Ok, so that's what I know about RC so far. You'll notice there's an awful lot of "I think" and "probably" going on in there...if I'm not right about something, please don't hesitate to speak up. Better to have to edit a post than replace a part that blew up because I connected it wrong. But that should be enough to clear up a little bit of the mud.

It sure does sound a lot like red wire black wire, doesn't it? Plug it into the right place and it goes...plug it in wrong and it either doesn't go, or it goes backwards :P

Oh, before I forget, a big thank you to Droidwelder over at for answering questions for probably the umpteen thousandth time...

Monday, December 8, 2008

Got my shipment in from Resin!

Can't believe how cool they are...and how much more work I now have to do...

Here's pics:

Spread out on the bed (not all of them, just the ones that aren't in the next pictures):

Leg parts laid out, as close to in place as I could get them just eyeballing:

Yup, as I said, way more work now to do. And I am digging the "beefy ankles"...they are very cool. I made sure to read the
Working with resin page and I dont' have anything to clean the mold release off the parts with yet, so I'm just letting them sit.

Mainly doing more research this evening...I think I've just about got the RC bit figured out. Once I'm sure I know what I'm talking about I'll tell you what I figured out. :)

Tuesday, December 2, 2008

Ok, so you can't really tell in these pics that all the gaps are filled, but here they are anyway...

Monday, December 1, 2008

Oh, as a side note to the previous post, I think I figured something out about the "LPJT".

I'm having trouble getting a single pipe that will fit between the 2 galvanized floor flanges.

Apparently when you thread a pipe, the threads are tapered. Not so much that you'd notice, unless you were trying to thread a flange that quite also might possibly have tapered threads as well onto it.

Basically, my measurement was 14 1/16" between the flanges. I had the very stressed little man at Lowe's leave 14" between the threads when he made the pipe for me. Since I can't thread the flange all the way to the end of the pipe, that just plain doesn't work.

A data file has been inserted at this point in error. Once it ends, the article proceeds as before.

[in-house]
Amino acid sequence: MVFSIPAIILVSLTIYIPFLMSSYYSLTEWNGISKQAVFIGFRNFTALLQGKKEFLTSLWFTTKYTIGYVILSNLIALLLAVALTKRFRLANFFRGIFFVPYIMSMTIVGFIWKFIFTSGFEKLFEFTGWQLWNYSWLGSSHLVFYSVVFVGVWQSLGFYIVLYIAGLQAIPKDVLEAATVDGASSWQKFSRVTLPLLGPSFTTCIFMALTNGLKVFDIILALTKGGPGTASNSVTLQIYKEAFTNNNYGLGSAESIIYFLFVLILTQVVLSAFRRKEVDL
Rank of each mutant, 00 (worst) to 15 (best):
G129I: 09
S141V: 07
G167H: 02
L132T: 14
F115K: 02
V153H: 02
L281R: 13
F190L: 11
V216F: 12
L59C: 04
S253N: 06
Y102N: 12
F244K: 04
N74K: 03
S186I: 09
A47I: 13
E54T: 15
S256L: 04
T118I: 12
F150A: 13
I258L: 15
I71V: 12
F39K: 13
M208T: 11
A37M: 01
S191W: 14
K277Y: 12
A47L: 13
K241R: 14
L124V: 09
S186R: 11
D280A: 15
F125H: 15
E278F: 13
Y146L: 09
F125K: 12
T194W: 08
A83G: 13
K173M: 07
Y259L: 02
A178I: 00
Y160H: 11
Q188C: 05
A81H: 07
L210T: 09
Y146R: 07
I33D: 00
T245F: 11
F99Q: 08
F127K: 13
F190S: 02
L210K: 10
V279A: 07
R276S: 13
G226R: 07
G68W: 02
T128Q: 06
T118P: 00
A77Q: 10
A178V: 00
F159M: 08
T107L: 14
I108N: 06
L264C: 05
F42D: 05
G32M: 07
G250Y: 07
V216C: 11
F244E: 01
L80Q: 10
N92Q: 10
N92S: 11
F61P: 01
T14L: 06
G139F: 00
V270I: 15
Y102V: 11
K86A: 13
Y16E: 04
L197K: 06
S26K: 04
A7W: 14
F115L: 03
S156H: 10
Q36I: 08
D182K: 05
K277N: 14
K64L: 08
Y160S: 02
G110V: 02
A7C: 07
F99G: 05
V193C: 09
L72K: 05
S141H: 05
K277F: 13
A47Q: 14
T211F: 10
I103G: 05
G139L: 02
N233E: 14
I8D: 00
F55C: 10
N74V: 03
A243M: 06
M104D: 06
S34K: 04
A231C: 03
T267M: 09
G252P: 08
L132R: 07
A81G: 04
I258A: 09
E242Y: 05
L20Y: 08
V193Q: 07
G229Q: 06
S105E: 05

I plan on going to Ace Hardware (Since it's usually old dudes who like a challenge and seeing if they can fix it. My money says yes, although I might have to buy a 3/4" tap and die that I'd never use again....

Anyway, that was important enough to mention since I spent 7 hours Friday working on it. Maybe THIS is why 2 pipes is the common method...


Ok, no pics this time.

Now that I know someone's reading this,

Big shout out to Greedo who makes the best clone carbine you can get your hands on (if you're lucky) :)

The legs are done being skinned with sintra, but there was a of the legs fell and the "ankle bracelet" broke. Will have to stupid glue that back on.

Also noticed a slightly bigger problem, but not one that normal folks will see. My horseshoes are identical. Meaning when sitting side by side they look the same and are not mirror images. Means I'll have buttons front on one side, and hydro front on the other. John Q will never notice, and possibly only people who read this will know to look :)

Anyway, got that big box o' parts ordered from Keith at (link in the previous post) and had an email today that it shipped! That kind of motivated me to find something to do.

2 weeks ago I ordered an 8oz bottle of CA glue from the local HobbyTown USA. When I picked it up Black Friday, you'd have thought I was a celebrity or something, because everyone working there wanted to see who ordered it and what I was working on to need that much glue.

Basically, I refuse to use Bondo ever again, and am using CA glue and accelerant as a filler, and then sanding that down. It's working really well so far, except that I didn't anticipate the mess I made sanding, and I'm fairly sure my computers are all now white inside.

Anyway, took about 3 hours (I guess) to do the middle foot tonight. It still needs about 2 minutes of sanding on the top of the foot, just plain didn't get to it tonight, because HEROES, the best show ever, was on. Had to stop sanding so I could watch :D

Also had to buy new accelerant, since the last 2 bottles were empty, and this kind isn't as fast as the last 2, although it could be the cold weather making it take a little longer to "kick".

Well, as soon as I feel I need pics, I'll post 'em.

Thanks for reading :)